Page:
As you know, we also have shorter range programs that are developed through Patriot 3, PAC-3, and MIADs. We have another long-range program, the Navy area-wide program, which is a program that will come on line later than this.
Q: Not to forget the airborne laser.
Q: But let me ask you about the -- in February the Pentagon's own review looked at national missile defense, and it, again, was designed to look at national missile defense, but it looked at THAAD to see what kinds of lessons it could learn. And it concluded that there were lots of problems with THAAD and it also concluded that there was a "rush to failure" in a lot of these programs and that there was too much of an emphasis on meeting artificial deadlines, and that was causing some of the failures in what would normally be low risk systems.
Is this an example of a rush to failure?
A: We want to make this program a rush to success, and to do that you have to have tests. We will continue to test the program until we get it right.
It's a complex program. Everybody realizes this. National missile defense is a complex program. This is a theater version of national missile defense in a way, and we will continue to work on it.
No one ever said that this was an easy program, and the tests have proven that to be the case. But because there have been five hit-to-kill failures so far, and each one has been caused by something different, we just have to keep chipping away at the reasons for those failures and try to make the improvements.
There are significant parts of the program that seem to be working well. The radar is a very powerful, far-reaching radar. Phased array radar seems to be working well. The launcher seems to be working well. A central part of the program, the sort of command and control battle manager part of the program, we think is working quite well.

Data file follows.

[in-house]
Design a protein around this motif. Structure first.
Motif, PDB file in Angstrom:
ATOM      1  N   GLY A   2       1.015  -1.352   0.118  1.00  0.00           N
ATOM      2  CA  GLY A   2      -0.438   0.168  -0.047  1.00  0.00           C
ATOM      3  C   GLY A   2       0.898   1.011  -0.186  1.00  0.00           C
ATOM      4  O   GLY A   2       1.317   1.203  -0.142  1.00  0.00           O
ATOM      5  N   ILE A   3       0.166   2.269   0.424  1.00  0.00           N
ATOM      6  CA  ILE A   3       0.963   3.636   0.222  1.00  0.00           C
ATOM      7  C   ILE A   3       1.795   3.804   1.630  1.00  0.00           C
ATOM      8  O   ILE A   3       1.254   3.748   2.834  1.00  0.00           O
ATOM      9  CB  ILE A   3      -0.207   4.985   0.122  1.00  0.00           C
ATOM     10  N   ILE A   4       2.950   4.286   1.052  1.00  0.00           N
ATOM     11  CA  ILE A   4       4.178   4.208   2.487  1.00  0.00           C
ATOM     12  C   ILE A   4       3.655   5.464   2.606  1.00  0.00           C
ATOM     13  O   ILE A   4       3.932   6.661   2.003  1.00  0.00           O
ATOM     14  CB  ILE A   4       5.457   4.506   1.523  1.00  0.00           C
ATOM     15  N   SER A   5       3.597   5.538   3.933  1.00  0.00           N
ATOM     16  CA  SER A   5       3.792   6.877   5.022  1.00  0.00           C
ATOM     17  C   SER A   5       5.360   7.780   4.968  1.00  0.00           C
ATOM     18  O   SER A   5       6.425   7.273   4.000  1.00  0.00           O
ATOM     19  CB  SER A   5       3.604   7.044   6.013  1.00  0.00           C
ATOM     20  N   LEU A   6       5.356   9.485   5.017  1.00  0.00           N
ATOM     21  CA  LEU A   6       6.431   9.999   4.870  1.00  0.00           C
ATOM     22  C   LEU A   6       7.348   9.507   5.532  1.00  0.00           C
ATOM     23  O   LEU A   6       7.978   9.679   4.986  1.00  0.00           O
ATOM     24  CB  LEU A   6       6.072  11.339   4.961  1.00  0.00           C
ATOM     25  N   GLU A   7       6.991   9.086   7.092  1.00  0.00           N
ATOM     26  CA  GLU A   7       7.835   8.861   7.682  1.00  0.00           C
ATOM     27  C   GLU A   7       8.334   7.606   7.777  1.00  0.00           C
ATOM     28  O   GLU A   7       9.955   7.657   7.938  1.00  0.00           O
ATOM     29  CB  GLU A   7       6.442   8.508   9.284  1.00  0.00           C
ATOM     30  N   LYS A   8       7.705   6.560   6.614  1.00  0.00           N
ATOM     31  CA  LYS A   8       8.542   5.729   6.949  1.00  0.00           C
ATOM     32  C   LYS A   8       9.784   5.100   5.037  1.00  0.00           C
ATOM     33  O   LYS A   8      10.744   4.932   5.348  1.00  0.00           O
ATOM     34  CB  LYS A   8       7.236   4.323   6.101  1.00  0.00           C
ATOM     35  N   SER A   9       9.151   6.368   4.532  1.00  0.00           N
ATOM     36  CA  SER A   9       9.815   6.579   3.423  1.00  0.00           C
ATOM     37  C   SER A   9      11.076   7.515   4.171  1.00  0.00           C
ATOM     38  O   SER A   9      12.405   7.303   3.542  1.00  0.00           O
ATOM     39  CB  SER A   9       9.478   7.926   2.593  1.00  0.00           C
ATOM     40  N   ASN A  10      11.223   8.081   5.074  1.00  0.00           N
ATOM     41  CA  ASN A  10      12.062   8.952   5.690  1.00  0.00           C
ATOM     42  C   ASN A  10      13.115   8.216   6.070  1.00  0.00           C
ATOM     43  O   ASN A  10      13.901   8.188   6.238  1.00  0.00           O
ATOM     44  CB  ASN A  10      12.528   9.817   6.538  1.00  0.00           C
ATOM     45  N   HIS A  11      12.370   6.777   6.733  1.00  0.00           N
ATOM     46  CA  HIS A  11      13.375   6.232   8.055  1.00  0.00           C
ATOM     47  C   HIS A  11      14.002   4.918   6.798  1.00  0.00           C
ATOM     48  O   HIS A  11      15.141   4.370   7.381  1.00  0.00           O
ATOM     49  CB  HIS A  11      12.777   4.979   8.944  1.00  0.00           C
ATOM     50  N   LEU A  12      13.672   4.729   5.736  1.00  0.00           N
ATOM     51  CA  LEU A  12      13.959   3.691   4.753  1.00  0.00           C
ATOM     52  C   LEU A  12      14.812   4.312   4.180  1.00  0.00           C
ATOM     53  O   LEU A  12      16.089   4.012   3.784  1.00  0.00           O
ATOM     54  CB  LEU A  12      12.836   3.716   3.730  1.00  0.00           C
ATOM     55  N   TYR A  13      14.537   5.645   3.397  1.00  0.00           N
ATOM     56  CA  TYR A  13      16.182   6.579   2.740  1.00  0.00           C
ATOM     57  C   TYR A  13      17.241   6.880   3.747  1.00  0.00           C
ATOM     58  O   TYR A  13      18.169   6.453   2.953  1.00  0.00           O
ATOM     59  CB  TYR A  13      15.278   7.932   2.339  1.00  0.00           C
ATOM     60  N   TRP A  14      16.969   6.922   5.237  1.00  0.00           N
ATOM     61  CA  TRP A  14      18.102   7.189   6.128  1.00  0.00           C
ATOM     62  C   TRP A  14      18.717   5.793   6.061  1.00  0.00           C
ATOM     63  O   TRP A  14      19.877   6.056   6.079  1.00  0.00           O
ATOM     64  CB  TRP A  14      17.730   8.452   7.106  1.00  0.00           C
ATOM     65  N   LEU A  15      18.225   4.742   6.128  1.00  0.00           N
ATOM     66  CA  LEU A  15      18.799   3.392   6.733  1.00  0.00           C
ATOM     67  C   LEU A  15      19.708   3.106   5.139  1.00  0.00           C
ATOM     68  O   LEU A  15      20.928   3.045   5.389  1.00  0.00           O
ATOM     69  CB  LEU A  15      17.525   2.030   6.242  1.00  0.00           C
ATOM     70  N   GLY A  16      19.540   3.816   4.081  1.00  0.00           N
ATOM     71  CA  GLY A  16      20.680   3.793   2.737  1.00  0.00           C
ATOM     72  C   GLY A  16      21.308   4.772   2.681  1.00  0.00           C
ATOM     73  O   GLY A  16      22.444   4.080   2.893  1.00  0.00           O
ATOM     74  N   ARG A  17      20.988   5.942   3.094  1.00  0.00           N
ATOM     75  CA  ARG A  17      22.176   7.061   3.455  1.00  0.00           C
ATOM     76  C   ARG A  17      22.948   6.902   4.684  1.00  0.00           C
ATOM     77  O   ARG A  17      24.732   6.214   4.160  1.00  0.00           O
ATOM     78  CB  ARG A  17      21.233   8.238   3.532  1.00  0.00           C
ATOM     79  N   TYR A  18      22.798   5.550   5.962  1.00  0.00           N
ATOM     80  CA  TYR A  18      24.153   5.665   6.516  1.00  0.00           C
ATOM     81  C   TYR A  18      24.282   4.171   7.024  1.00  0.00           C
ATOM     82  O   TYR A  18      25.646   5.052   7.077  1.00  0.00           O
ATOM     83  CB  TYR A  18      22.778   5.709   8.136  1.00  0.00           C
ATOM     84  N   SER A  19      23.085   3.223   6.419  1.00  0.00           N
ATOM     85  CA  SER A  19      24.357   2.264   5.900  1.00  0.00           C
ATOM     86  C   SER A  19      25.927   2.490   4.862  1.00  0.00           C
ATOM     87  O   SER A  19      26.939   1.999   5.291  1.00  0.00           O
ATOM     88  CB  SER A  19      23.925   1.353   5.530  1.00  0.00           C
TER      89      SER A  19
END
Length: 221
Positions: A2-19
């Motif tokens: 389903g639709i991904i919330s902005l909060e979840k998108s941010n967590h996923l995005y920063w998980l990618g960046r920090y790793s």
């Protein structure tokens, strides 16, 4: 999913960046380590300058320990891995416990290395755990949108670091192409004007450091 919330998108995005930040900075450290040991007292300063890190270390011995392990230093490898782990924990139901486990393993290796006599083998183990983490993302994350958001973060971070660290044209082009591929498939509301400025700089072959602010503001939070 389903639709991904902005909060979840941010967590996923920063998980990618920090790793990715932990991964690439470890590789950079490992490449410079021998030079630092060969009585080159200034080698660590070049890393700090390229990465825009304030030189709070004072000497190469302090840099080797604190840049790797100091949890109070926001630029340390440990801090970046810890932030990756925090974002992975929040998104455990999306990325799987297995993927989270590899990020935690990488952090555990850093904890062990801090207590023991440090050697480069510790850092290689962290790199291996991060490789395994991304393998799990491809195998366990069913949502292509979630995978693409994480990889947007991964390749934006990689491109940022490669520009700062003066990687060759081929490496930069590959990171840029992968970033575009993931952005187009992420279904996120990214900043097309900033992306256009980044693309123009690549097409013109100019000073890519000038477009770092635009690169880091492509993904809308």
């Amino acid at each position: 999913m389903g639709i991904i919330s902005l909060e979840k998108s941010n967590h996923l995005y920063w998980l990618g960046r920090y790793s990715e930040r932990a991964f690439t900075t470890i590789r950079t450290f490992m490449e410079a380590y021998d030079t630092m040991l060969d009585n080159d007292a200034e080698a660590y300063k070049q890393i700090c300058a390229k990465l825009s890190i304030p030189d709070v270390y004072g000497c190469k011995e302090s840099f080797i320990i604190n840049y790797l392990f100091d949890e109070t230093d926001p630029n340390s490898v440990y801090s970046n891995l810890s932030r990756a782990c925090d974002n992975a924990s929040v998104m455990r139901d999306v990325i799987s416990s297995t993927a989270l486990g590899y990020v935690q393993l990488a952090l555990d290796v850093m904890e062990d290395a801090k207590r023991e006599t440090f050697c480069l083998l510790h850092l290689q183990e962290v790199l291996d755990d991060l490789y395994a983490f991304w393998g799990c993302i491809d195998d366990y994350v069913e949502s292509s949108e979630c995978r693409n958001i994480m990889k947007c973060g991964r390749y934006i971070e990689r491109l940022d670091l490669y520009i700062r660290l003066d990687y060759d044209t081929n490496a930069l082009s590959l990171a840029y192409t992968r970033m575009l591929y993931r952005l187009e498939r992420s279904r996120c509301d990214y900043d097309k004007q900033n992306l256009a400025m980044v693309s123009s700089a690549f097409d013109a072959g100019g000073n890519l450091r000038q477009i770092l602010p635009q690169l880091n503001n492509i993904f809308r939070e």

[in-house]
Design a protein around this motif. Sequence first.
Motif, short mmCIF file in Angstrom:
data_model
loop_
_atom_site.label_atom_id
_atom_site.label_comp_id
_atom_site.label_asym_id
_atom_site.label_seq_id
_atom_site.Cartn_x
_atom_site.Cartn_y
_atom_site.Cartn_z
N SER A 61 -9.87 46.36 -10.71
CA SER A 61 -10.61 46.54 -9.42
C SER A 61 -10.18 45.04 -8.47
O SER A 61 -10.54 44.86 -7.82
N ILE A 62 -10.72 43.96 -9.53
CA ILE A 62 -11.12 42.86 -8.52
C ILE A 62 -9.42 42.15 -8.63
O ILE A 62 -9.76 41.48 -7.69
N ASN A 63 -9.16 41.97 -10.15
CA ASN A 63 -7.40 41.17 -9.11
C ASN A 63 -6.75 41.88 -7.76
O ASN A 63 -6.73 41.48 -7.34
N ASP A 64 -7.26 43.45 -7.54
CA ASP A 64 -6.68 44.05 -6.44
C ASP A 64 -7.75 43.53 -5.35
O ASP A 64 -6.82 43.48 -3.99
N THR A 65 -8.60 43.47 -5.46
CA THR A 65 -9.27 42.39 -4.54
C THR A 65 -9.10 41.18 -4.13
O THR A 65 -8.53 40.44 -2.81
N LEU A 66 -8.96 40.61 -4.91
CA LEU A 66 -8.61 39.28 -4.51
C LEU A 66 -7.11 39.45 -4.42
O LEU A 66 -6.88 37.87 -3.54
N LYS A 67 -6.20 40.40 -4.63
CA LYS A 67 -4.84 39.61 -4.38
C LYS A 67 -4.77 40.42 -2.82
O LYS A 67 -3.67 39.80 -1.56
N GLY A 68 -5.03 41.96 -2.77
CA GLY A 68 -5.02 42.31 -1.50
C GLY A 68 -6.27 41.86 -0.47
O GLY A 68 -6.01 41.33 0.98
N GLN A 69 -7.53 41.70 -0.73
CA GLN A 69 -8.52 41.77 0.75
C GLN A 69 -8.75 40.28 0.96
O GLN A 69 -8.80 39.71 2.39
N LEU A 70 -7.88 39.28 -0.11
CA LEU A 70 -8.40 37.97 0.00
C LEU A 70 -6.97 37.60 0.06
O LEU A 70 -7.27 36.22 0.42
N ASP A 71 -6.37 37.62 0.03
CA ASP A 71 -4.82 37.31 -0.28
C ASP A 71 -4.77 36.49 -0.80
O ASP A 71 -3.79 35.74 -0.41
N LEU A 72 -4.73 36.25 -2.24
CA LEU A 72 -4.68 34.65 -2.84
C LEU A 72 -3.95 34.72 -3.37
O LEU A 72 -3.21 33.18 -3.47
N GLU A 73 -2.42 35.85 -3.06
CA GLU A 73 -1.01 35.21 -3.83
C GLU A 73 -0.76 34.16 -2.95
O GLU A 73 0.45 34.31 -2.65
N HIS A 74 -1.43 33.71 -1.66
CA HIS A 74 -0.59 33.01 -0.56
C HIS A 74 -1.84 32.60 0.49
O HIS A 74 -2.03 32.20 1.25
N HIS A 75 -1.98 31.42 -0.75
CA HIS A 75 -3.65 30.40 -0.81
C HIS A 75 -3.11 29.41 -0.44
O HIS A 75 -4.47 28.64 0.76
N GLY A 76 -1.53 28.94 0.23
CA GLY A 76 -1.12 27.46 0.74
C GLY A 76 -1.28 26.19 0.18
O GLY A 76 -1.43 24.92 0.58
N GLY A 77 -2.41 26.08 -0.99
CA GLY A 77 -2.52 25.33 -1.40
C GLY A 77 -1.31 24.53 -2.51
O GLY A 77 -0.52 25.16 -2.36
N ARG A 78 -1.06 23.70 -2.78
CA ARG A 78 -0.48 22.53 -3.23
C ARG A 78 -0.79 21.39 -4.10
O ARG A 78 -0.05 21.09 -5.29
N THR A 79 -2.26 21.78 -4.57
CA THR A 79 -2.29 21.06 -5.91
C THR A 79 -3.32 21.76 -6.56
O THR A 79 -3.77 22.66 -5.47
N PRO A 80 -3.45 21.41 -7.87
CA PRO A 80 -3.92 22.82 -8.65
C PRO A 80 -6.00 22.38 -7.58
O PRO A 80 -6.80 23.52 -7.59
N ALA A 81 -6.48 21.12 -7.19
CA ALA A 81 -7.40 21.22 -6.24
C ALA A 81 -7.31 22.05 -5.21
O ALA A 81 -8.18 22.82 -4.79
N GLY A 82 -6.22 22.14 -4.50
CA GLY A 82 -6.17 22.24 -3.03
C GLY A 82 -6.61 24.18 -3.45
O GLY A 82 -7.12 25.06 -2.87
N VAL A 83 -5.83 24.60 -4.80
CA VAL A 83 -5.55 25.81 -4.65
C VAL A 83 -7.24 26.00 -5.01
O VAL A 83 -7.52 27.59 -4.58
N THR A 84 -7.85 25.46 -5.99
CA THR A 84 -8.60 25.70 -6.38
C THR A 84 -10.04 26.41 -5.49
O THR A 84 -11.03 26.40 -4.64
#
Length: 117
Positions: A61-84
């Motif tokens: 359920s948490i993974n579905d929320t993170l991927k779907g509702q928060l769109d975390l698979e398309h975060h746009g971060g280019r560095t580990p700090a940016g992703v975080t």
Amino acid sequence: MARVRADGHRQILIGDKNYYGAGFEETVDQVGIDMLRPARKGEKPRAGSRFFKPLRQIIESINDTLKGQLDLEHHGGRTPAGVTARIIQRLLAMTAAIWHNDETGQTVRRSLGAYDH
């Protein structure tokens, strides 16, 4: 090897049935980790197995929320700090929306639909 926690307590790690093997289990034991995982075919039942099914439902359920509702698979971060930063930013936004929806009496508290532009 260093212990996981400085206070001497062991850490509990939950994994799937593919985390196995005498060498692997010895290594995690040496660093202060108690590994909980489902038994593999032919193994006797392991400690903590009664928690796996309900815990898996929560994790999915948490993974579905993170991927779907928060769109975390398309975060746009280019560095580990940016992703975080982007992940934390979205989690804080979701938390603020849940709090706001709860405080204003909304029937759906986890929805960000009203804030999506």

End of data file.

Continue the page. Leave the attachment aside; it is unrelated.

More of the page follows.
The problem has been with various elements of the missile so far. Sometimes getting information to the missile has proven to be a problem but the program managers are working hard to solve those.
Q: I just wanted to follow up. Why won't the Army release the video of this test today? Because you know if this had been a successful hit-to-kill, we'd have this video already. So why won't they release the video?
A: I wasn't aware that they weren't releasing it. I'll ask them.
Q: You say that each failure has been for a different reason. What do you know about today's failure already that allows you to (inaudible)?
A: Well, we don't know exactly why this failure occurred. It only occurred at 7:30 this morning, and they haven't completed the analysis. But I can tell you that it failed in a very, very early part of the flight, and the other failures have been at different times in the flight pattern. So we assume that since we know why the other failures occurred, and since this one doesn't immediately fit those patterns, that it occurred for a different reason.
Q: Well, the preliminary thinking that something went wrong with the booster today?
A: It occurred during an early period of the flight when the missile burns off extra fuel and does some maneuvers to burn off extra fuel. I can't give you any more explanation of why the failure occurred because the program managers don't know yet why the failure occurred.
Q: Was it destroyed after it malfunctioned? The release didn't didn't make that clear. It was very early.
A: I believe it destroyed itself.
Q: Phased array radar boosters is '60s technology. Are you throwing money down a raffle? At what point are you going to stop this program? I mean, if you continue to run up 10 more failures, are going to keep doing this?
A: Well, most of us learn by failure. We hope to learn by success, and we hope to turn these failures into a success, as I said. So far that clearly hasn't happened.
But the most we can do with a complex program like this, we basically have two choices: We can make the program work or we can decide it's never going to work and stop the program.
Right now we have not reached that second conclusion, and I have no indication that we will. Right now the building is determined to try to make this program work. It is a program designed to address an important and growing threat, and therefore we will continue on the program to make it work.